ICRC emergency appeal for 1996: 570 million Swiss francs
07-02-1996 News Release 96/6
Geneva (ICRC) - Despite the cash-flow problems announced a few months ago, the International Committee of the Red Cross (ICRC) closed its 1995 accounts with a deficit of no more than 8 million Swiss francs for its field operations. Its field budget for 1996 amounts to 570 million Swiss francs.
The ICRC launched a renewed financial appeal in September 1995. To cover the expected deficit (estimated at 150 million Swiss francs at that point), top-level representatives also travelled to various capitals to raise additional funds. Several governments made a special contribution, while others became major donors for the first time. By the end of 1995, these combined efforts had helped to put the institution's finances back on a more even keel.
The ICRC nonetheless remained concerned about its financing for the years to come and had taken steps to improve fundraising in a wider circle of donors, including governments, National Red Cross and Red Crescent Societies and other sources, said the head of its External Resources Department, Christian Kornevall, at a press conference in Geneva on 7 February.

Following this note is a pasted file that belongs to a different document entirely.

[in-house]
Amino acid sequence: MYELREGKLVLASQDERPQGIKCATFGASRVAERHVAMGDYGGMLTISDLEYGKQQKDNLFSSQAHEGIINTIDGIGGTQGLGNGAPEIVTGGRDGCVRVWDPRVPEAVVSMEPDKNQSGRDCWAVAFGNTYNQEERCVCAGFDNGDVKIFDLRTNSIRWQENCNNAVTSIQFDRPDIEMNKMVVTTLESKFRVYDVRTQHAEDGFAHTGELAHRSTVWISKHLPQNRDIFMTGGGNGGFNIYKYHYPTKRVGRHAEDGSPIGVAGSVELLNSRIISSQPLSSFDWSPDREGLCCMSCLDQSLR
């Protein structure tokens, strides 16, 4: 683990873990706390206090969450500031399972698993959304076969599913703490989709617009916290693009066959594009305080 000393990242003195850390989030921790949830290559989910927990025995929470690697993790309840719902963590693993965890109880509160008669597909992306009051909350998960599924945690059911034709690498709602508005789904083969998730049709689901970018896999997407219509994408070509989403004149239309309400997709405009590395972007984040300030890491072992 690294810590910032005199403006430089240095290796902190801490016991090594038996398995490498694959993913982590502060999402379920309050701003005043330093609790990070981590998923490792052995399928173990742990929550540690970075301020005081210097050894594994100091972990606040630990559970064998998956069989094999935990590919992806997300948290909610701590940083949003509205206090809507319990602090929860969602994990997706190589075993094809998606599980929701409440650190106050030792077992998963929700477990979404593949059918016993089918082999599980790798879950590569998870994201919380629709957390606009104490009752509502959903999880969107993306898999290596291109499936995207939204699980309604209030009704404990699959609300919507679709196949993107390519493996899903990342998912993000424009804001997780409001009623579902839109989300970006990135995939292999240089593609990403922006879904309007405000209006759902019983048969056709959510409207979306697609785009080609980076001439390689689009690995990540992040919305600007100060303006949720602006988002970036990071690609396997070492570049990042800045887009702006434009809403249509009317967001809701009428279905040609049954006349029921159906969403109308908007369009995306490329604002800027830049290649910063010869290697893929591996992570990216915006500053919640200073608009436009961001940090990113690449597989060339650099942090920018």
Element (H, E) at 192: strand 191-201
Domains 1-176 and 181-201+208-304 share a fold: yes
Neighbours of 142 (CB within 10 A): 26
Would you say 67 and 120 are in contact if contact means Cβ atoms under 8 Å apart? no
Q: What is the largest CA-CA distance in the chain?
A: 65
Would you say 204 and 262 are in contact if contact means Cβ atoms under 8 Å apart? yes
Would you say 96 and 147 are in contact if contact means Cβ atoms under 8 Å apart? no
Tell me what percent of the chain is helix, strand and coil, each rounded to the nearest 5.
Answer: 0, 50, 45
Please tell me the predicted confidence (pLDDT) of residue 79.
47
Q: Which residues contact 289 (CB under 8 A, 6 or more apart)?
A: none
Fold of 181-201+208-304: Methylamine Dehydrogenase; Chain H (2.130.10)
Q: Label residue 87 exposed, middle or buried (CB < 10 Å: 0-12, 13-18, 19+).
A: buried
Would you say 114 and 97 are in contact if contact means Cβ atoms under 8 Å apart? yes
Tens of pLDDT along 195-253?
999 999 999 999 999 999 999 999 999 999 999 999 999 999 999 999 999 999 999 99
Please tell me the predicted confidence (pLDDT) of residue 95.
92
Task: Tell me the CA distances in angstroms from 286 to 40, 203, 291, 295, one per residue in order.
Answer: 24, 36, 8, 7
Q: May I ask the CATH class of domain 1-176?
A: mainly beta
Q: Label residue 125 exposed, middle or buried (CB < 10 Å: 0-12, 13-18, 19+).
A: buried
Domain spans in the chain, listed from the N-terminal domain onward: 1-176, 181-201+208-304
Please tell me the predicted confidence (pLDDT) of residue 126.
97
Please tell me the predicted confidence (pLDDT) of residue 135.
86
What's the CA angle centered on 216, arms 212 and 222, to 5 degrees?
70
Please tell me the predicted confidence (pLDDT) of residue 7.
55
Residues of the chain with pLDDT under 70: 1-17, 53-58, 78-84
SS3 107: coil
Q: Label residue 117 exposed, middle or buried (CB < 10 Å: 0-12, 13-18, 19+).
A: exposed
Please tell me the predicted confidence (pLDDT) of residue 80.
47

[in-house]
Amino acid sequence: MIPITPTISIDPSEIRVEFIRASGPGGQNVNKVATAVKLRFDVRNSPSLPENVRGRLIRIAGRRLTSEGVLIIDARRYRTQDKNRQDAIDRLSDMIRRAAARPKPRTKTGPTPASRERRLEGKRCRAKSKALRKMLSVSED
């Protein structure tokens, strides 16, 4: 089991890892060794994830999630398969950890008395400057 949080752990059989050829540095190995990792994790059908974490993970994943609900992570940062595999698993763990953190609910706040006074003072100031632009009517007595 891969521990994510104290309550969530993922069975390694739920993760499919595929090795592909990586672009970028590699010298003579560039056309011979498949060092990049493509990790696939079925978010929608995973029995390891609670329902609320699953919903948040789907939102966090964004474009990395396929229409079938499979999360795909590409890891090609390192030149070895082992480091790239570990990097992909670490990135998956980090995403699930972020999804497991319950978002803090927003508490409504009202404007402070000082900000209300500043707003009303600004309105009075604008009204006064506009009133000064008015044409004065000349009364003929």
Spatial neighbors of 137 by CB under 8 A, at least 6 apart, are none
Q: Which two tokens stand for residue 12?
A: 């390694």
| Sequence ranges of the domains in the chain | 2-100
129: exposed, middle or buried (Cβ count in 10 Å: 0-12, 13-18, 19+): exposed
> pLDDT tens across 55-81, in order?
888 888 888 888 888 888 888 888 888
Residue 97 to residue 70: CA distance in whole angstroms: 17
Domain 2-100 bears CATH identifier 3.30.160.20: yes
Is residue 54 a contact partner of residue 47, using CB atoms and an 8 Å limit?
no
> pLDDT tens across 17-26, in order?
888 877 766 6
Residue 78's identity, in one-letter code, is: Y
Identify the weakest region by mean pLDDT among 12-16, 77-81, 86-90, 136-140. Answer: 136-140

The funding needed to meet the ICRC's operational commitments in 1996 was similar to last year's: Africa remained the largest theatre of operations, requiring 276 million Swiss francs, followed by Asia (88 million) and Central Europe (73 million). Director of Operations Jean de Courten pointed out that these figures were not an accurate reflection of the actual volume of work carried out in a given region. Indeed, the activities conducted in behalf of detainees and to protect conflict victims, in Latin America and the Middle East for example, did not necessari ly appear on financial statements. Assistance (28% of expenditure), activities for detainees and the restoration of family ties (27.6%), together with several medical programmes (16%), were the priority items on the field budget for 1996.
For the ICRC, the early weeks of the current year had been marked by activities to implement the Dayton Peace Agreement on Bosnia-Herzegovina, the organization's vital work in Rwanda's prisons and the airlift set up to help the civilian population of the Afghan capital Kabul. All this showed once again that the international community must be able to count on an international organization such as the ICRC. Jean de Courten stressed the need to ensure that the victims of all conflicts received assistance and that due account be taken of the ICRC's role as a neutral intermediary.